Personal InformationBornDec 12, 1981 (40 years)Birth PlaceChandigarhHeight6 ft 2 in (188 cm)RoleBatting AllrounderBatting StyleLeft Handed BatBowling StyleLeft-arm orthodoxICC Rankings TestODIT20Batting——Bowling——https://951d8f1b551e3fd8191fb89288fe896a.safeframe.googlesyndication.com/safeframe/1-0-38/html/container.htmlCareer InformationTeamsIndia, Asia XI, Punjab Kings, Pune Warriors, North Zone, India A, Punjab, India Blue, Royal Challengers Bangalore, Rest of the World XI, Delhi Capitals, Sunrisers Hyderabad, India Red, Mumbai Indians, Toronto Nationals, Maratha Arabians, Gilchrist XI, India Legends, India MaharajasThere are very few better sights in world cricket than witnessing a free-flowing Yuvraj Singh at his best. Undoubtedly, he is right up there among the greatest match-winners in white-ball cr…
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Bowling Career Summary
Career InformationTest debutvs New Zealand at Punjab Cricket Association IS Bindra Stadium, Oct 16, 2003Last Testvs England at Eden Gardens, Dec 05, 2012ODI debutvs Kenya at Gymkhana Club G
round, Oct 03, 2000Last ODIvs West Indies at Sir Vivian Richards Stadium, Jun 30, 2017T20 debutvs Scotland at Kingsmead, Sep 13, 2007Last T20vs England at M.Chinnaswamy Stadium, Feb 01, 2017IPL debutvs Chennai Super Kings at Punjab Cricket Association IS Bindra Stadium, Apr 19, 2008Last IPLvs Chennai Super Kings at Wankhede Stadium, Apr 03, 2019ProfileThere are very few better sights in world cricket than witnessing a free-flowing Yuvraj Singh at his best. Undoubtedly, he is right up there among the greatest match-winners in white-ball cricket. Those glorious cover drives, slap cuts through backward point and an effortless wristy drop kick over mid-wicket, all oozed class. His full repertoire was on display during his international debut that came in the 50-overs format against Australia in the 2000 Champions Trophy. It wasn’t everyday that a batsman put the formidable Aussie attack to sword during that time and certainly not a rookie. Yuvraj had arrived with a bang and what instantly stood out apart from his batting, was the electric fielding skills. India’s fielding was on an average level in that era and hence someone like Yuvraj came as a whiff of fresh air.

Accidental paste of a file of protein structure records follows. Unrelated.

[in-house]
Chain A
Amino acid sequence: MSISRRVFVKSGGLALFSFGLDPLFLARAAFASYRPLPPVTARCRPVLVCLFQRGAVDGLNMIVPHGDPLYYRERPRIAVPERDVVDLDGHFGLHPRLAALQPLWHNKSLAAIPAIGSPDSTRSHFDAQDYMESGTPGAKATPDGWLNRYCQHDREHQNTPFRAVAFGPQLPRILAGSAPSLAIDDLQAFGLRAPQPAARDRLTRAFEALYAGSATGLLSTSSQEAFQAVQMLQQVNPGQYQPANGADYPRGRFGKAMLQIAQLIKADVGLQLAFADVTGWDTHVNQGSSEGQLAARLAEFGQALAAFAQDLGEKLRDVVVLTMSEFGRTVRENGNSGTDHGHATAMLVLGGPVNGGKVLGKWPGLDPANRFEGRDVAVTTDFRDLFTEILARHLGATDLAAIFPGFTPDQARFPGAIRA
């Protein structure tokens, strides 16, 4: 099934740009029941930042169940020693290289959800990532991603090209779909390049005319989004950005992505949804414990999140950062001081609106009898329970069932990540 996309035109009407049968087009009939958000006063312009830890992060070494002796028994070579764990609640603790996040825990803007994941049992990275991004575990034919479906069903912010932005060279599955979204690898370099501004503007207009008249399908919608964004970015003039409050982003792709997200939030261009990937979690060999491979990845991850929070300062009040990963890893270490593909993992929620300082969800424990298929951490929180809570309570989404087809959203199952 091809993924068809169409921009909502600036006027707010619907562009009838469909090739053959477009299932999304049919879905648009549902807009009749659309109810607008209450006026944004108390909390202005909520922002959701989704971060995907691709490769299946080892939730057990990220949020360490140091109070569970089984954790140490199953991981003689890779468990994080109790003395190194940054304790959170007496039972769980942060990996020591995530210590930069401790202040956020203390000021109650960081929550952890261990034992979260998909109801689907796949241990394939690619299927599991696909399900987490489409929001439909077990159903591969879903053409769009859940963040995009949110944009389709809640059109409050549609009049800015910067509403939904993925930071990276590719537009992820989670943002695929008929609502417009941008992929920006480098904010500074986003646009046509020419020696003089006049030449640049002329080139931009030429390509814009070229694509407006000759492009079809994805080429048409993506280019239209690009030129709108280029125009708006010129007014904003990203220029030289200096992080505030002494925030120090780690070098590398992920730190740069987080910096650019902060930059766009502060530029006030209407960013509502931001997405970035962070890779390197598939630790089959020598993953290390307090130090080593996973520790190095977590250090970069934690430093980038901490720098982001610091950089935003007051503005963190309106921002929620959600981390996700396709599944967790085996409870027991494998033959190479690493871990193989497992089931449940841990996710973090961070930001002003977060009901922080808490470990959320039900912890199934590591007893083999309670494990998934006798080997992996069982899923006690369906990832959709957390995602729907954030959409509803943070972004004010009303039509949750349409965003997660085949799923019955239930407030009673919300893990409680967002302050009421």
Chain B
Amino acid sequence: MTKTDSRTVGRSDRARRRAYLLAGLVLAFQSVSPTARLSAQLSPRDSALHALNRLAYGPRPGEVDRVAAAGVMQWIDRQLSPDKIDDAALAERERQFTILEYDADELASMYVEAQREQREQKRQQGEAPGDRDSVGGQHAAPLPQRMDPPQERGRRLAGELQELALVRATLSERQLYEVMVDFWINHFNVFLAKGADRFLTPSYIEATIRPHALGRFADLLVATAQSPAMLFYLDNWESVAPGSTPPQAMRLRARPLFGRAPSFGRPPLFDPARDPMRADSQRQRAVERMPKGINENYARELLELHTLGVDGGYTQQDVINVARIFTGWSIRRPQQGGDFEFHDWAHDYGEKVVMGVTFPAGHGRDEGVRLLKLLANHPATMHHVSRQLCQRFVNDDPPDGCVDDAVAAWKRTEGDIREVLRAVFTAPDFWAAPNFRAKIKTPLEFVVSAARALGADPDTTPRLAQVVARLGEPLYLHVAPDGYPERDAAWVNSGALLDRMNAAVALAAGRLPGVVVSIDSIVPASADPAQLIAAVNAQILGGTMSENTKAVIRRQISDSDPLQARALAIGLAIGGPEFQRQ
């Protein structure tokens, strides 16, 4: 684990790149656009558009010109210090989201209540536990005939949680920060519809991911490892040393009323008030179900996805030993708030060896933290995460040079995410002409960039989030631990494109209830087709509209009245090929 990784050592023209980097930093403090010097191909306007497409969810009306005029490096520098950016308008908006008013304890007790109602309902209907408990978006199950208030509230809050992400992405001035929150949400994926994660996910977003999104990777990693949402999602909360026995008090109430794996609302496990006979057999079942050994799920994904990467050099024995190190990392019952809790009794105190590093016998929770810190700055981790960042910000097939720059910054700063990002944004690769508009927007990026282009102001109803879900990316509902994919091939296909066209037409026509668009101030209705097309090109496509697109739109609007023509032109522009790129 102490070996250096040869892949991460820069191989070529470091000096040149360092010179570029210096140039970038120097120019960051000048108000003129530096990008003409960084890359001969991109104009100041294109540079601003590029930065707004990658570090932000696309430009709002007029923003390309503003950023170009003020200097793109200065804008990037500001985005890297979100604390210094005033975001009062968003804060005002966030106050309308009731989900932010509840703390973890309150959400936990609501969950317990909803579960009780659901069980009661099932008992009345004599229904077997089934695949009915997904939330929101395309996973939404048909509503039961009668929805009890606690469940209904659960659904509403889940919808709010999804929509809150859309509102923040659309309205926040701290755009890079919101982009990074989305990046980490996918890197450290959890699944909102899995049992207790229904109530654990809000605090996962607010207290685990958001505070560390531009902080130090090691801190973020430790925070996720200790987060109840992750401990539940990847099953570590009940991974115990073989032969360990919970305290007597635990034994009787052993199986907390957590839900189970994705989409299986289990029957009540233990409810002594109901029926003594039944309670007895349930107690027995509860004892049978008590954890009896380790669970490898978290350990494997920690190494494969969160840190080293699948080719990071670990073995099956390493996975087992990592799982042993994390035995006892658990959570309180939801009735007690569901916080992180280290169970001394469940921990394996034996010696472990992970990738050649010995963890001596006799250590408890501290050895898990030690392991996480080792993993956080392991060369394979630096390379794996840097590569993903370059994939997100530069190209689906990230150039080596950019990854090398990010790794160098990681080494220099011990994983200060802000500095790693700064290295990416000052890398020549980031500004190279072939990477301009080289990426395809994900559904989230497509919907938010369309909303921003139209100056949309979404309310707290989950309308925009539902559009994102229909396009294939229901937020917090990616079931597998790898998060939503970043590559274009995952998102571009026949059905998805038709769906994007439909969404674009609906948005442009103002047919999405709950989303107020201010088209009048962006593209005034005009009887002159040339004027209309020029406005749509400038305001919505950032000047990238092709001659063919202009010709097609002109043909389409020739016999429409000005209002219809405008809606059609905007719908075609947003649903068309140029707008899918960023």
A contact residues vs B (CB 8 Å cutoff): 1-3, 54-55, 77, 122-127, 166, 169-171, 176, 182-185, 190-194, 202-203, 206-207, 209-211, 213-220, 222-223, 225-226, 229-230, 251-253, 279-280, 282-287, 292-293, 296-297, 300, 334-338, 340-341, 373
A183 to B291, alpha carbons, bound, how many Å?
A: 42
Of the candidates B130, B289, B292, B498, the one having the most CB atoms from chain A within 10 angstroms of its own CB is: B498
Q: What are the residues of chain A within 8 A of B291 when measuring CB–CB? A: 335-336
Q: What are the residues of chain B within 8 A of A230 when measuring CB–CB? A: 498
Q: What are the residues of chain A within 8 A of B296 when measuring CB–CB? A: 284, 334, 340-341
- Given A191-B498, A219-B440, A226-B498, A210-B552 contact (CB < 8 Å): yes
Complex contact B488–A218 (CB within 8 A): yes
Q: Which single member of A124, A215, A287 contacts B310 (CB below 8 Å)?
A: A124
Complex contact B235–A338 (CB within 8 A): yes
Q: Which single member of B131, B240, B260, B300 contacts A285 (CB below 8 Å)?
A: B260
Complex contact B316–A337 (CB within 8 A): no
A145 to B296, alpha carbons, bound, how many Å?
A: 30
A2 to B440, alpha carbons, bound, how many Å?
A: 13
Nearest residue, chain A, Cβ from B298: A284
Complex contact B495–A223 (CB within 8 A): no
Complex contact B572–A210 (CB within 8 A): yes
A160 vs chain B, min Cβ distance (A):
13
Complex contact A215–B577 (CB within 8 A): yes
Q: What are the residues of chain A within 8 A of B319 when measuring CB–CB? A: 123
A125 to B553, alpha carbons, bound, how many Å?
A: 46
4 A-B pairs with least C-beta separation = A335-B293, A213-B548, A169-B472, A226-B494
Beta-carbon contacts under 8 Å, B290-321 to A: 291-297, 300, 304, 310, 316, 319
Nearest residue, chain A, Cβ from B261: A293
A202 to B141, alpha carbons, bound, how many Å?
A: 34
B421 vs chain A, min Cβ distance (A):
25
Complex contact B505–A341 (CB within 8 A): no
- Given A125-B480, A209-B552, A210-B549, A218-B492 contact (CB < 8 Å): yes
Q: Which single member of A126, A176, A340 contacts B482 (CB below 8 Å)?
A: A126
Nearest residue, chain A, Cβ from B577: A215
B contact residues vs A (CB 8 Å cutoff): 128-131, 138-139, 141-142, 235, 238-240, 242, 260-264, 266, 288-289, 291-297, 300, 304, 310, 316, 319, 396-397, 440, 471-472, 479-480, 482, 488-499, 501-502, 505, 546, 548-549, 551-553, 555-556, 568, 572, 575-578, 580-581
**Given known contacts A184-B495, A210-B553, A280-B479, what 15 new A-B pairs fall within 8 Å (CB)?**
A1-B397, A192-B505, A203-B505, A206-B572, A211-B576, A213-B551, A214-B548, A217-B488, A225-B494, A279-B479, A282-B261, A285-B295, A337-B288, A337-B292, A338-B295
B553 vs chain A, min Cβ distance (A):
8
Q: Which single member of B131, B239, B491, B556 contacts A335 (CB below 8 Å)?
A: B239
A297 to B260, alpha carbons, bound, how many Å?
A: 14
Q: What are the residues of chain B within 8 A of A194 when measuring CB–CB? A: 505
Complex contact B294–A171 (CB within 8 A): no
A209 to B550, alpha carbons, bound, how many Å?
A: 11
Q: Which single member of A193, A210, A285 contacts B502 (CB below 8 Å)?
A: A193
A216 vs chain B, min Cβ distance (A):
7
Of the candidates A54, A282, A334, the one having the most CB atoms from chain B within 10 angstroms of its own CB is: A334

Despite gaining immediate stardom, Yuvraj wasn’t able to capitalize on it with fitness and commitment issues dogging him. But, as he was to show multiple times in the years to come, the lad from Punjab roared back in style, in the 2002 season where he produced quite a few impact knocks, none bigger than the iconic Natwest final heist with Mohammad Kaif. Since that tournament, Yuvraj gradually cemented his spot as a middle order batsman who could build an innings as well as explode at will. His utility left-arm spin also made him a complete limited-overs package and his performances were instrumental in India’s steady rise in the shorter formats. They finished runners-up in the 2003 World Cup and despite scoring a lot of runs, Yuvraj still produced some crucial knocks.
Over the next few years, Yuvraj along with the then raw MS Dhoni became vital cogs of the Indian middle order that relished chasing down scores in ODI cricket. The duo often made a mockery of the opposition’s target and India at one point even held a record for the most successful run chases in a trot. Yuvraj was gaining at the peak of his powers and one impeccable quality of his was to rise in big tournaments/matches. There were many instances when he was not in great touch but would go on to fire instantly in an ICC tournament. The man simply loved to rock on the big stage and deal with the pressures that came with it.